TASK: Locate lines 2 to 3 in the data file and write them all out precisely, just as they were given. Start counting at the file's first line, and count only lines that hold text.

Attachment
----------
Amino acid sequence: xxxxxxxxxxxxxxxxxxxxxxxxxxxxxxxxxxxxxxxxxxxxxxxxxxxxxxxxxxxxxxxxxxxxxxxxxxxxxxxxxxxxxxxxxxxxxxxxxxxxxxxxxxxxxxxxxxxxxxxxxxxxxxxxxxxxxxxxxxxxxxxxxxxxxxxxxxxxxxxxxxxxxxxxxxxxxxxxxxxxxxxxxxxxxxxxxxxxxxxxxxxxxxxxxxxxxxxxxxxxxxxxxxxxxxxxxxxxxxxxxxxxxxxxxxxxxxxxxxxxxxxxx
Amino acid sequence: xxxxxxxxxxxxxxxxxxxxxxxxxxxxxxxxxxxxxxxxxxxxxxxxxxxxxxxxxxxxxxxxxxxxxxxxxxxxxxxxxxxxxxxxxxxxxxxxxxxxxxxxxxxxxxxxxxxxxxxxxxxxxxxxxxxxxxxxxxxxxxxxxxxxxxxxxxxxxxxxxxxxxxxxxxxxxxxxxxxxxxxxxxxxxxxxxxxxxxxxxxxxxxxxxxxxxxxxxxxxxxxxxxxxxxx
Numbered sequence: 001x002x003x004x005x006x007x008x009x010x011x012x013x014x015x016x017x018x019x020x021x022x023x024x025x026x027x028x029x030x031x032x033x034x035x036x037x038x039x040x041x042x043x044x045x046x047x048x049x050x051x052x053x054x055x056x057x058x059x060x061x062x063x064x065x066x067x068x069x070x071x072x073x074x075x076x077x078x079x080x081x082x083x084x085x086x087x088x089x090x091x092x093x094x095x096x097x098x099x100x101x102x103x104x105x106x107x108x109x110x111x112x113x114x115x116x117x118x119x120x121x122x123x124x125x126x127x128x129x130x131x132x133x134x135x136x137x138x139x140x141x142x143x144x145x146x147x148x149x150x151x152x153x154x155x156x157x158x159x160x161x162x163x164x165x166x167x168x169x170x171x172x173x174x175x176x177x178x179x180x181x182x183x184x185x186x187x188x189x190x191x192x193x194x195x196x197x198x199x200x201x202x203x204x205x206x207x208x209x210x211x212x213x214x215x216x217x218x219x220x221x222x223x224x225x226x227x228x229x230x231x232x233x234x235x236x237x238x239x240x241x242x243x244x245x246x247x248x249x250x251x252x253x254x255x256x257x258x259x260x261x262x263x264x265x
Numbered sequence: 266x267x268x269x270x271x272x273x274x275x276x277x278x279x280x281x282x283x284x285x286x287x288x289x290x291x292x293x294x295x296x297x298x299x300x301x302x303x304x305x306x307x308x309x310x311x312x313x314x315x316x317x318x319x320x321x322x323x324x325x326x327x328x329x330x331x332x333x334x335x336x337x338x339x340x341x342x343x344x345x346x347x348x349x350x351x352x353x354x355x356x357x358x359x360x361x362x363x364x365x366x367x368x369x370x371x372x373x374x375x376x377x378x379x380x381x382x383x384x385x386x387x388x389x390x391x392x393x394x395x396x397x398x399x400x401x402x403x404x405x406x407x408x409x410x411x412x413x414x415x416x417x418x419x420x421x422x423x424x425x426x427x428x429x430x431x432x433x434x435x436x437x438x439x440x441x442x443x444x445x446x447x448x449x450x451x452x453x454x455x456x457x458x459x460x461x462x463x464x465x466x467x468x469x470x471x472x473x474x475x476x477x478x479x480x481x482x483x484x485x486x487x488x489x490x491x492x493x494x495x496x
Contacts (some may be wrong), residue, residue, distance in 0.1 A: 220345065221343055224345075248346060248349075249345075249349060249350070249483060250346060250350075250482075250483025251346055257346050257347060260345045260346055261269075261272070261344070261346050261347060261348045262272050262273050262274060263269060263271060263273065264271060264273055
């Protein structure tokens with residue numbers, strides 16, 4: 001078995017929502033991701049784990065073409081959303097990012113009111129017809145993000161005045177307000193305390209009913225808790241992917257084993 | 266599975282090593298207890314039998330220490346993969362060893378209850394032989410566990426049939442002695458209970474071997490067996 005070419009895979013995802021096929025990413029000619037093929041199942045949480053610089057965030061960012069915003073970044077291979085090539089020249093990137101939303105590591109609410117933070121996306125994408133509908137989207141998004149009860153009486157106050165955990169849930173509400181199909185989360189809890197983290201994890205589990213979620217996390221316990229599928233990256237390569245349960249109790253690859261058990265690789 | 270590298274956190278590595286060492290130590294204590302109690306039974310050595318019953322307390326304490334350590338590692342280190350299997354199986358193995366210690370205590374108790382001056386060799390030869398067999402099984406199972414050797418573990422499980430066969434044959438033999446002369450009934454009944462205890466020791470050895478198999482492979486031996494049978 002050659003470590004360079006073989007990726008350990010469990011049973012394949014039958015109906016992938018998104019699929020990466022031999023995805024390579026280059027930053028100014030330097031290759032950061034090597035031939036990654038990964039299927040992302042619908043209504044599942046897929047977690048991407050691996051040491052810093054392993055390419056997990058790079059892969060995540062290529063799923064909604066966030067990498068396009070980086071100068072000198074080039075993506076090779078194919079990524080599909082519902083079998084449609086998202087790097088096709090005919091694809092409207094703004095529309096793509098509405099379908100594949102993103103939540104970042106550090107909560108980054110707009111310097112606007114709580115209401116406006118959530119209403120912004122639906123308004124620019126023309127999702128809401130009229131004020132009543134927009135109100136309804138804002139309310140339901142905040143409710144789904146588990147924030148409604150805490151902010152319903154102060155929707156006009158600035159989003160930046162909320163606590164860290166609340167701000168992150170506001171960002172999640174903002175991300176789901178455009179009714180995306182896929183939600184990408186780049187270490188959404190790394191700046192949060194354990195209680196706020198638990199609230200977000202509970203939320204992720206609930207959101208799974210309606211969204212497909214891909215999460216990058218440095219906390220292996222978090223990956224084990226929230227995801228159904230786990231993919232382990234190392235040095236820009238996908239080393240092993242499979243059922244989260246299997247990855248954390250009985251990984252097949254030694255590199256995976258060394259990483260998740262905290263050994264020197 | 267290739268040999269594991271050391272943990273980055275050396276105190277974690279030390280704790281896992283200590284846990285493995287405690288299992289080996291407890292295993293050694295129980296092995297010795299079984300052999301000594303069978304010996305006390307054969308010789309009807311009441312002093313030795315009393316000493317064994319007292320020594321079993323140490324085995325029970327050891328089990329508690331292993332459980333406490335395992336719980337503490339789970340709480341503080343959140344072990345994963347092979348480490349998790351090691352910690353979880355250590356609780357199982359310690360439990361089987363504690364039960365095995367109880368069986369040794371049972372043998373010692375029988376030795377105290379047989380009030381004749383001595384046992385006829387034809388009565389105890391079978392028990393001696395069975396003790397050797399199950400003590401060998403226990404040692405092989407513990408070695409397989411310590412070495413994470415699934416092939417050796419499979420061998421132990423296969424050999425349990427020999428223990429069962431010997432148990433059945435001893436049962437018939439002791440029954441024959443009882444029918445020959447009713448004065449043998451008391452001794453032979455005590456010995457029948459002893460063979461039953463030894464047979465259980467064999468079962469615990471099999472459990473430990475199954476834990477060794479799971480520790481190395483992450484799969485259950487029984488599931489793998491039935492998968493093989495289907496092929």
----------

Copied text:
Amino acid sequence: xxxxxxxxxxxxxxxxxxxxxxxxxxxxxxxxxxxxxxxxxxxxxxxxxxxxxxxxxxxxxxxxxxxxxxxxxxxxxxxxxxxxxxxxxxxxxxxxxxxxxxxxxxxxxxxxxxxxxxxxxxxxxxxxxxxxxxxxxxxxxxxxxxxxxxxxxxxxxxxxxxxxxxxxxxxxxxxxxxxxxxxxxxxxxxxxxxxxxxxxxxxxxxxxxxxxxxxxxxxxxxxxxxxxxxx
Numbered sequence: 001x002x003x004x005x006x007x008x009x010x011x012x013x014x015x016x017x018x019x020x021x022x023x024x025x026x027x028x029x030x031x032x033x034x035x036x037x038x039x040x041x042x043x044x045x046x047x048x049x050x051x052x053x054x055x056x057x058x059x060x061x062x063x064x065x066x067x068x069x070x071x072x073x074x075x076x077x078x079x080x081x082x083x084x085x086x087x088x089x090x091x092x093x094x095x096x097x098x099x100x101x102x103x104x105x106x107x108x109x110x111x112x113x114x115x116x117x118x119x120x121x122x123x124x125x126x127x128x129x130x131x132x133x134x135x136x137x138x139x140x141x142x143x144x145x146x147x148x149x150x151x152x153x154x155x156x157x158x159x160x161x162x163x164x165x166x167x168x169x170x171x172x173x174x175x176x177x178x179x180x181x182x183x184x185x186x187x188x189x190x191x192x193x194x195x196x197x198x199x200x201x202x203x204x205x206x207x208x209x210x211x212x213x214x215x216x217x218x219x220x221x222x223x224x225x226x227x228x229x230x231x232x233x234x235x236x237x238x239x240x241x242x243x244x245x246x247x248x249x250x251x252x253x254x255x256x257x258x259x260x261x262x263x264x265x